NEW YORK —
After a decade marked by deep grief, partisan rancor, war, financial boondoggles and inundation from Hurricane Sandy, the National September 11 Memorial Museum at Ground Zero is finally opening ceremonially Thursday, with President
The museum, which opens to the public May 21, delivers a gut-punch experience — though if ever a new museum had looked, right along, like a disaster in the making, this one did, beginning with its trifurcated identity.
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Was it going to be primarily a historical document, a monument to the dead or a theme-park-style tourist attraction? How many historical museums are built around an active repository of human remains, still being added to? How many cemeteries have a $24 entrance fee and sell souvenir T-shirts? How many theme parks bring you, repeatedly, to tears?
Because that’s what the museum does. The first thing to say about it, and maybe the last, is that it’s emotionally overwhelming, particularly, I expect, for New Yorkers who were in the city on that apocalyptic September day and the paranoia-fraught weeks that followed, but almost as certainly for the estimated 2 billion people around the globe who followed the horror unfolding on television, radio and the Internet.
Anguished, angry questions about the museum, raised by families of some of the 2,983 people who died Sept. 11, 2001, and in the 1993 attack on the World Trade Center, have been widely reported. Debates over purpose, propriety and protocol are still in the air. At times, they have threatened to derail the project or delay it indefinitely. But the work inched forward, and the museum that emerged is true to its initial and literally fundamental goal: to tell the Sept. 11 story at Ground Zero bedrock.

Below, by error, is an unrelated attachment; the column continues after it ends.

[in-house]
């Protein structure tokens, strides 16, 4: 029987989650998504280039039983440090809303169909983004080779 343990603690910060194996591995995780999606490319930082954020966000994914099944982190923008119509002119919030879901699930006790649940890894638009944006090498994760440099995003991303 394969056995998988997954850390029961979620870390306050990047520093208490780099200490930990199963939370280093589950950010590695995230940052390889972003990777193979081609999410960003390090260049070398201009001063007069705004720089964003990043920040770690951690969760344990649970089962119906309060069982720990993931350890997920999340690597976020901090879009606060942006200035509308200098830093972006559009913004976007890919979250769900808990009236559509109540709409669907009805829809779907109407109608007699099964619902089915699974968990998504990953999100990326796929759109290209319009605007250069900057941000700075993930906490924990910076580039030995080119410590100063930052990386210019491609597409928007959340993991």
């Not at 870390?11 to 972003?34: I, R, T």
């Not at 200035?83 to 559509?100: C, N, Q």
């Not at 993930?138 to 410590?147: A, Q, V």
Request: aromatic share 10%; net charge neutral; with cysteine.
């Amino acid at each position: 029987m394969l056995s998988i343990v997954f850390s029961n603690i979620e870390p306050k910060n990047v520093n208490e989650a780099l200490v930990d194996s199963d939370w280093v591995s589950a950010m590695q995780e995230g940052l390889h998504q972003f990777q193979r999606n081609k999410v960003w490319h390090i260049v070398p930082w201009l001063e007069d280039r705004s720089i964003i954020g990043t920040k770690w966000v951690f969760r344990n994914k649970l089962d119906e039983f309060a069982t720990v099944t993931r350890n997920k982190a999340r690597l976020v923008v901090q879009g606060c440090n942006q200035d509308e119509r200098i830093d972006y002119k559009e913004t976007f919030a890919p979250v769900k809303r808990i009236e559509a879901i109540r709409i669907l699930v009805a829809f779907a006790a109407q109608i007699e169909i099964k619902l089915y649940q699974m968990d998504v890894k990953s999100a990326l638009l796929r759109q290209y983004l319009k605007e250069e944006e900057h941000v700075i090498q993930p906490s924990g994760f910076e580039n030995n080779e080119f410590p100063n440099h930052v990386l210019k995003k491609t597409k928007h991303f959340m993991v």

While the accompanying National September 11 Memorial — two granite basins of cascading water that fill the twin-tower footprints — is viewable from a street-level plaza, the museum is almost entirely subterranean. The bulk of it, some 10,000 square feet of gallery space, is 70 feet below ground, where the foundations of the towers met raw Manhattan schist.
Designed by the Norwegian architectural firm Snohetta, it’s a glass box set at a sharp, dizzy tilt, like a tipping building or a listing ship. The blond-wood atrium, with its coat checks, a small cafe and a closed-off room for the use of Sept. 11 families, is atmospherically neutral, even bland, but offers an unmistakable sight: two of the immense steel trident columns that were the signature features of the twin-tower facades.
Once aluminum-covered, now rusted, this pair survived the collapse of the north tower. And although they dwarf the atrium, you’re only seeing a small section of them.
Among other things, the fraught global politics of Sept. 11 and the World Trade Center are hinted at here in an astonishing quotation, emblazoned on a wall, by Minoru Yamasaki, the Seattle-born architect of the towers, in which he declares the buildings “a monument to world peace.”
Even as you read the architect’s words, you hear the Sept. 11 narrative being introduced nearby in a dark hallway leading farther into the museum. Projections of global maps and stricken faces line the path. Voices of people giving clipped, urgent accounts of catastrophe crowd the air.